Runners get doping bans
South Korean sprinter Lim Hee-nam and Portugal’s European 5,000m bronze medalist Sara Moreira received six-month bans from the International Association of Athletics Federations on Tuesday for doping. Both athletes tested positive for the stimulant methylhexanamine at last year’s world championships in Daegu, South Korea. Lim’s suspension runs until April 10, while Moreira’s will expire on March 7.
D’Backs avoid arbitration
The Arizona Diamondbacks avoided arbitration with two players by agreeing to one-year contracts with All-Star catcher Miguel Montero and infielder Ryan Roberts, the team said on Tuesday. Financial terms of the deals were not disclosed, but reports on MLB’s Web site said Montero would earn US$5.9 million this year and Roberts would make US$2 million. Montero’s agreement came moments before the Venezuelan was scheduled to have an arbitration hearing. “I was sitting in the [hearing] room,” Montero told MLB.com by telephone from Tampa, Florida. “I was getting a bottle of water right before it was supposed to start and they told me to step outside to talk.”
Suspected fraudster arrested
London police arrested a 24-year-old man on suspicion of fraud after he allegedly duped a 69-year-old US woman into handing over tens of thousands of dollars for an investment related to the upcoming Summer Games. Police issued a statement on Tuesday saying the online scam involved a contract to supply buses for police officers for the Games. The man allegedly contacted the woman on an online dating Web site. Police said that once he befriended her, he tricked her into handing over ￡140,000 (US$220,000) as an “initial” investment into the business. Police say they were worried about the suspect using the prestige of London’s Metropolitan Police department to secure the victim’s trust.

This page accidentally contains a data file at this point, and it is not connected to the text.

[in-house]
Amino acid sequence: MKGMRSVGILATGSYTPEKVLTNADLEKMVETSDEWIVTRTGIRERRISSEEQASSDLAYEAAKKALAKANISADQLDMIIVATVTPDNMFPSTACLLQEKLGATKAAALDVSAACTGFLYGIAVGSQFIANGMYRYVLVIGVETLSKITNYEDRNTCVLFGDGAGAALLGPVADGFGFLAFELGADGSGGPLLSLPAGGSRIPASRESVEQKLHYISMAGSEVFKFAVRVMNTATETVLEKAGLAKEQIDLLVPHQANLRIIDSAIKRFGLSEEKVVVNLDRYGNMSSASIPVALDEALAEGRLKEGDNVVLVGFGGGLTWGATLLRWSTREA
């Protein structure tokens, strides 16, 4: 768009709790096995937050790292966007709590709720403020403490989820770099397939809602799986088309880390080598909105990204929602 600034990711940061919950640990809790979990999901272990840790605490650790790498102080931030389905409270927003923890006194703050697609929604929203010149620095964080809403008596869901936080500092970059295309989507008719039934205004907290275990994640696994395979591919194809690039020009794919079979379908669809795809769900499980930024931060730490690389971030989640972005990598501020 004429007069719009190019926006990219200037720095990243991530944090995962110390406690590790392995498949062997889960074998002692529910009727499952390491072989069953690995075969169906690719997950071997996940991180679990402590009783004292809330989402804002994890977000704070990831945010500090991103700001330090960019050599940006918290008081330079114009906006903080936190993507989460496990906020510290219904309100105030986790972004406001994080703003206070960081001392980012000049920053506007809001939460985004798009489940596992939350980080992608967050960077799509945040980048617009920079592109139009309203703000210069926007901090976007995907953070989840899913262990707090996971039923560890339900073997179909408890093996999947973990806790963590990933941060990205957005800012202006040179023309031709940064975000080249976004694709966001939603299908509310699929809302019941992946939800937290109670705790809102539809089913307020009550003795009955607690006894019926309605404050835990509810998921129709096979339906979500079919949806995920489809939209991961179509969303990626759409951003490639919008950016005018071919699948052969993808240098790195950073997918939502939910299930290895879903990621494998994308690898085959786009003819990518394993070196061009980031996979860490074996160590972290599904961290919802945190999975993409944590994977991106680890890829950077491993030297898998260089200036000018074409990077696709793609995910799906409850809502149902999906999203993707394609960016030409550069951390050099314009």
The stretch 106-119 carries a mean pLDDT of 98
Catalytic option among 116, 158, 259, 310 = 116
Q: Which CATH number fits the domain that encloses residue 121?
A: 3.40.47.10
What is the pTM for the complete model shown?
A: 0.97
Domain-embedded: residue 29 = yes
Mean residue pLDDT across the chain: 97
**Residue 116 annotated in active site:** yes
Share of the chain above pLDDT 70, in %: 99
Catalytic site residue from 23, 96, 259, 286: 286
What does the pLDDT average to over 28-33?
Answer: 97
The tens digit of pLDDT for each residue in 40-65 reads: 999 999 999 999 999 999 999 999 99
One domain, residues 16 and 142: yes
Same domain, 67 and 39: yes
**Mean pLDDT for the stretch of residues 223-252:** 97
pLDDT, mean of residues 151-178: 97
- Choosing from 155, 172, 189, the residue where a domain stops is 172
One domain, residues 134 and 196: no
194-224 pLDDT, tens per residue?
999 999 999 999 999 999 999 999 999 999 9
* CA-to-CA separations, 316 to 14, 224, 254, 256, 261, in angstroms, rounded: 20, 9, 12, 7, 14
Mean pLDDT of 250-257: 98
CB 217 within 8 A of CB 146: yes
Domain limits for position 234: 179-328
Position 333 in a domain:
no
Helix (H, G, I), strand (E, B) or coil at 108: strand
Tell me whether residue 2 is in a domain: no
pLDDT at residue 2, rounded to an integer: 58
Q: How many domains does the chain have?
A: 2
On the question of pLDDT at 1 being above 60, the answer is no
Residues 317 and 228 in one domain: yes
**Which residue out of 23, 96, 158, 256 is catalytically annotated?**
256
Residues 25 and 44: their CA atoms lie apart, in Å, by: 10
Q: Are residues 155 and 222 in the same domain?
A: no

A businessman who received millions of dollars for his work on Tokyo’s successful campaign to host the 2020 Olympic Games has said that he played a key role in securing the support of a former Olympics powerbroker suspected by French prosecutors of taking bribes to help Japan’s bid. Haruyuki Takahashi, a former executive at the advertising agency Dentsu, was paid US$8.2 million by the committee that spearheaded Tokyo’s bid for the 2020 Games, financial records showed. Takahashi said the work included lobbying International Olympic Committee (IOC) members such as Lamine Diack, the ex-Olympics powerbroker, and that he gave Diack gifts, including digital
DECREASED TENSION: The US players’ lawyers said that the soccer federation no longer disputes that the jobs of the women’s and men’s national teams require equal skill Women players suing the US Soccer Federation (USSF) said in in court documents filed on Tuesday that the federation has acknowledged that the jobs of male and female soccer players require equal skill. The language seemed to signal a decrease in tension between the parties after language in documents filed by the federation’s lawyers earlier last month provoked widespread outrage in saying that playing on the men’s national team required a higher level of skill based on speed and strength and carried greater responsibility. The fierce backlash — not only from the women players, but also from sponsors such as Coca-Cola —
If British industry succeeds in saving lives during the COVID-19 pandemic, it would in part be thanks to the pioneering role played by Formula One (F1) racing teams in the country. Seven of F1’s 10 teams have joined forces with leading aerospace and engineering firms to ramp up production of ventilators, while Mercedes has also worked with medics and academics to produce an alternative breathing aid. Normally obsessed with improving the performance of cars that race at more than 320kph, the teams are stripping back lifesaving devices and using computer simulation to test whether more simplified models can be mass produced. The seven
BITING THE BULLET: Barcelona’s Lionel Messi said that top players would make contributions so that the club’s employees can collect 100 percent of their salary Three-quarters of Rugby Australia’s staff were temporarily laid off yesterday amid huge financial losses from the sport’s coronavirus-enforced shutdown, while Lionel Messi confirmed on Monday that Barcelona’s players would take a 70 percent pay cut to ensure that the club’s other employees are paid. The cuts to rugby staff were “the toughest decision in the game’s history,” governing body CEO Raelene Castle said. “Although extremely painful, they are necessary to ensure ... we are able to come out the other side of this global crisis, fully operational and ready to throw everything into the rebuild.” The sport has been hit hard by